Debbie lori kay front

$25.00

Kaye, Debbie Lori - Hey Little One!

Format: LP
Label: Columbia ELS 329
Year: 1966
Origin: New York, USA - Sault Ste. Marie, Ontario
Genre: pop, country, folk
Keyword: 
Value of Original Title: $25.00
Make Inquiry/purchase: email ryder@robertwilliston.com
Release Type: Albums
Websites:  No
Playlist: Ontario, Pop, 1960's, Bellwether Lassies

Tracks

Side 1

Track Name
Come On Home
Green
Help Me Love You
Every Song You Sing
Time And Distance
The Playground

Side 2

Track Name
Kiss The Hurt Away
Ride, Ride, Ride
Lonely Clown
Shadows Of Her Mind
(I'd Be) A Legend In My Time

Photos

Debbie lori kay back

Kaye, Debbie Lori - Hey Little One! BACK

Debbie lori kay front

Hey Little One!

Videos

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Information/Write-up

Debbie Lori Kaye was a diminutive singer and guitarist with a large voice who was born in New York, but grew up in Sault Ste. Marie, Ontario. Her father was a disc jockey at CKCY and asked a local group, (Those) Rogues, to allow her to sing in the band. She and the band toured around Southern Ontario for nearly a year until she left to appear on the Tommy Hunter Show

Columbia Records took notice and signed the teenager to a long term deal. The country vocalist made her first showing on Canadian RPM Magazine charts with "Picking Up My Hat" in February 1965. It entered the Country singles chart at #1 on February 8 and stayed there until the week of August 23, 1965. It returned to number in December of that year until Columbia released her next single - a remake of The Shirelles' 1962 hit "Soldier Boy" - at Christmas time. She rode the RPM Top singles chart to the Top 20 with the song in 1966 and the song remained in the Top 40 for 10 months.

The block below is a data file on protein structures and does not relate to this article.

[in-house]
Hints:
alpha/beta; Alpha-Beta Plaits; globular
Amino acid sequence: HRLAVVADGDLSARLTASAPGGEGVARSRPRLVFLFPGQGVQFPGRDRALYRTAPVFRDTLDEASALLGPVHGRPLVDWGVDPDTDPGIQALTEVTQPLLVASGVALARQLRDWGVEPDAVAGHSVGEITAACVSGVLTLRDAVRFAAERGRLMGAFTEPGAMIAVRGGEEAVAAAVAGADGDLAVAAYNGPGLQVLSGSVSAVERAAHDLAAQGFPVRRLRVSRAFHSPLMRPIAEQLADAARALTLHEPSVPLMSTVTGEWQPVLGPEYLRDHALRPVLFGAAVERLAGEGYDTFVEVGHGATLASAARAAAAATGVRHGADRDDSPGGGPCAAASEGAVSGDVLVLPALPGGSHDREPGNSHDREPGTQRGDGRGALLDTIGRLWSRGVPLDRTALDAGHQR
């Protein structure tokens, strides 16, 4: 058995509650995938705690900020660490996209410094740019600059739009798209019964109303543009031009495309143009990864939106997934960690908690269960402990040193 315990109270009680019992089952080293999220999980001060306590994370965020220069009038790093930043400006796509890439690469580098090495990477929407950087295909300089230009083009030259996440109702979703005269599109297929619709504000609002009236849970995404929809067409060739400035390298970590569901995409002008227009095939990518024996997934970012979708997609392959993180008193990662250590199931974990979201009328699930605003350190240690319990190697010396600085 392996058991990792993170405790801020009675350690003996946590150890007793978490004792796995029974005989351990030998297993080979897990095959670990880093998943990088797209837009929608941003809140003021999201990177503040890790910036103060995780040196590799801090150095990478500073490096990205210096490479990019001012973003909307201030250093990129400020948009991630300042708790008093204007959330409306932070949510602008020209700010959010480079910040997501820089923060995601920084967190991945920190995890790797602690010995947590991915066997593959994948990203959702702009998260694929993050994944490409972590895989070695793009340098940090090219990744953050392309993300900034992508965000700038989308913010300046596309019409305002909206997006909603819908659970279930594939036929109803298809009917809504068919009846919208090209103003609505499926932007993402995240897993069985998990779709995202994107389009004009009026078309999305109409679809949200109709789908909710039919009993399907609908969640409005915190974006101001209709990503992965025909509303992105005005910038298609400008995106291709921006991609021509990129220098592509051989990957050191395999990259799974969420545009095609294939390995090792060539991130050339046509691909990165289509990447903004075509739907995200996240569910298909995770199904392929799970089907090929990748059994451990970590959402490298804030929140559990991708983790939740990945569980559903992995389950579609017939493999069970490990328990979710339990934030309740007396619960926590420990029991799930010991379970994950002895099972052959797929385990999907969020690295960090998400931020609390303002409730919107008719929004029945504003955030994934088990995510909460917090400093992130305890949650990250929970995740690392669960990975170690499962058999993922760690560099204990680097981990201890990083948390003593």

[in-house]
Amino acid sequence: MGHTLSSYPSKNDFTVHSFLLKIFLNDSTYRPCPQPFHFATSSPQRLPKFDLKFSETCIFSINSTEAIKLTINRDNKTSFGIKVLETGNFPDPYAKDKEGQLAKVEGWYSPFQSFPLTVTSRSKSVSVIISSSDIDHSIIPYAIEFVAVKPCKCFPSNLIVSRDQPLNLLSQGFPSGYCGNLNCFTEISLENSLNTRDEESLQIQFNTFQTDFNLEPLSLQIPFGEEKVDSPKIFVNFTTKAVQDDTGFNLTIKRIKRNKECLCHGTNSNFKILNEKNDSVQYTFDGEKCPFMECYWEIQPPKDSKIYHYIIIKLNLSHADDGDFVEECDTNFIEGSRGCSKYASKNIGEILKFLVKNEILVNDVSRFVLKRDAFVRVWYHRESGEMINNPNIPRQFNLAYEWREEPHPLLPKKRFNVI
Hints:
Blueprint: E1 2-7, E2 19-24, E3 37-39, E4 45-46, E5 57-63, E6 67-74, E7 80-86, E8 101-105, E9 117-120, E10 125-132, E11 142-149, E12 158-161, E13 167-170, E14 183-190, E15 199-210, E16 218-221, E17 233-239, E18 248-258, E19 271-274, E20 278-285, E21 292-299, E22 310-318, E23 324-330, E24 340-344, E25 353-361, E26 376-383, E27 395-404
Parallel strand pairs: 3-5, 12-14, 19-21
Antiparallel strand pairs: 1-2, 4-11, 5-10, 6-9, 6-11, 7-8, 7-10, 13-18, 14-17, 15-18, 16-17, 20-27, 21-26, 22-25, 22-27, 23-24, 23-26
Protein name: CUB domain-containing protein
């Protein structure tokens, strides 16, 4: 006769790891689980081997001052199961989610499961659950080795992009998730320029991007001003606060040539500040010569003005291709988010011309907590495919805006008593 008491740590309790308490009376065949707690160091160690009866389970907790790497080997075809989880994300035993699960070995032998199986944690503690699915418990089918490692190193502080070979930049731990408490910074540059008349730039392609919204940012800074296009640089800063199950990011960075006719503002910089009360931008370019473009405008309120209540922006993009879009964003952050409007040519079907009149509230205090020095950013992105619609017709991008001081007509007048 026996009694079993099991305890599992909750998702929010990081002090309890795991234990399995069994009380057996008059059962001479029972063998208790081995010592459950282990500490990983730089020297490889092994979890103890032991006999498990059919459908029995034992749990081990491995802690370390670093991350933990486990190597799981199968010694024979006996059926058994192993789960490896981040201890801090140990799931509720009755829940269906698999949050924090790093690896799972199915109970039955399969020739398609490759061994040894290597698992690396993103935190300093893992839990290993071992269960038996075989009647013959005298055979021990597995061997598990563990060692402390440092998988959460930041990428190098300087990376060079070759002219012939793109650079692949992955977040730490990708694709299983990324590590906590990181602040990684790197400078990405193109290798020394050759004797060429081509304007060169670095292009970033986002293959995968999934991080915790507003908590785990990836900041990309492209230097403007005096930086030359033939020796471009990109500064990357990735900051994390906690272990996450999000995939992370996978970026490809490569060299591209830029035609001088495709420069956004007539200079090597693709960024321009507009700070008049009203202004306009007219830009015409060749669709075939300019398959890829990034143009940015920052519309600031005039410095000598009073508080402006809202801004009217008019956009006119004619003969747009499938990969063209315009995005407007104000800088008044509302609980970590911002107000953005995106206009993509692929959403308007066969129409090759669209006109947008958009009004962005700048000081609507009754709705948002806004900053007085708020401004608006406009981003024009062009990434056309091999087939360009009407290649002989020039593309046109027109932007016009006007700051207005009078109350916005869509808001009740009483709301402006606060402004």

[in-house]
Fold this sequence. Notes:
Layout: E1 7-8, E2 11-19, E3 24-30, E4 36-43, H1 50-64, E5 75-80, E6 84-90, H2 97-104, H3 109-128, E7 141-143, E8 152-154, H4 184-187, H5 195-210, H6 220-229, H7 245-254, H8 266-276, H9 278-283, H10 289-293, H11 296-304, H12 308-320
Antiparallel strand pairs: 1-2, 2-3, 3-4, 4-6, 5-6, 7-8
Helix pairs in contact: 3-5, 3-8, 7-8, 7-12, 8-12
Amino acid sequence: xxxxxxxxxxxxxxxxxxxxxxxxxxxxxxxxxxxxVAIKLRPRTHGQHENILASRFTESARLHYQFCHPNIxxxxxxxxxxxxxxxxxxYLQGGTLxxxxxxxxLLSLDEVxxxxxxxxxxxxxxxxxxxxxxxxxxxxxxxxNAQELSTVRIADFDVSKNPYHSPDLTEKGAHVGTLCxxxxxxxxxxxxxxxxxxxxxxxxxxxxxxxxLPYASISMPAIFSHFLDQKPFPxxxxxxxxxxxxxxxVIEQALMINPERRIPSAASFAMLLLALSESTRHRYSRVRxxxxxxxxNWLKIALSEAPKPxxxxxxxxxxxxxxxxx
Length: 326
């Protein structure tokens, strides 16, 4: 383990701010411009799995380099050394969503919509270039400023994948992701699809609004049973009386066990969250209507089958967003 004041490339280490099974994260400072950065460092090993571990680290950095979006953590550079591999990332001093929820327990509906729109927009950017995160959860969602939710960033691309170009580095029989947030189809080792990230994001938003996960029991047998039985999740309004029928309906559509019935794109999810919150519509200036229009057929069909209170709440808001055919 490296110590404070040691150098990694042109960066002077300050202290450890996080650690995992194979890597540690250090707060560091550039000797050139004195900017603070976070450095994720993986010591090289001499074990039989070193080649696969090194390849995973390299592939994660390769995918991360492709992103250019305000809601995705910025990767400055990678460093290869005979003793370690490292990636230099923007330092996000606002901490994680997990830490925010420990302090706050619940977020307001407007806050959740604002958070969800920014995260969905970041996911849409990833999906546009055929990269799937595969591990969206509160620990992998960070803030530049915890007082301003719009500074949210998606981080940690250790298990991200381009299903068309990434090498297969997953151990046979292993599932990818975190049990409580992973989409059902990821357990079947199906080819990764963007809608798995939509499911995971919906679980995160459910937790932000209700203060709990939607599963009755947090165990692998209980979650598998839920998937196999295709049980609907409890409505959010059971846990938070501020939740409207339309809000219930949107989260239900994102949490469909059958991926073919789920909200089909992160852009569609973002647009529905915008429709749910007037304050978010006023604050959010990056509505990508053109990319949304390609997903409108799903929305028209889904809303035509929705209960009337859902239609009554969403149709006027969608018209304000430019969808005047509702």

The Surfer's Cross is used by surfers as a talisman to distinguish the surfer from the rest of society. Its origins are in 1960s surf culture and the most common design is based on a German Iron Cross and features a surfer on a board in the middle of the front side of the cross. The German military decoration was co-opted because young surfers would wear their fathers' war trophies as an anti-establishment statement; eventually, the genuine Iron Cross was replaced by one manufactured for that purpose. The famous custom car designer Ed "Big Daddy" Roth sold various "surfer accessories" in the 1960s that were based on WW 2 German items, like his "surfer's helmet" that is a plastic copy of a German helmet and he also manufactured his own Surfer's Cross. By 1966 Roth claimed to have sold 51,800

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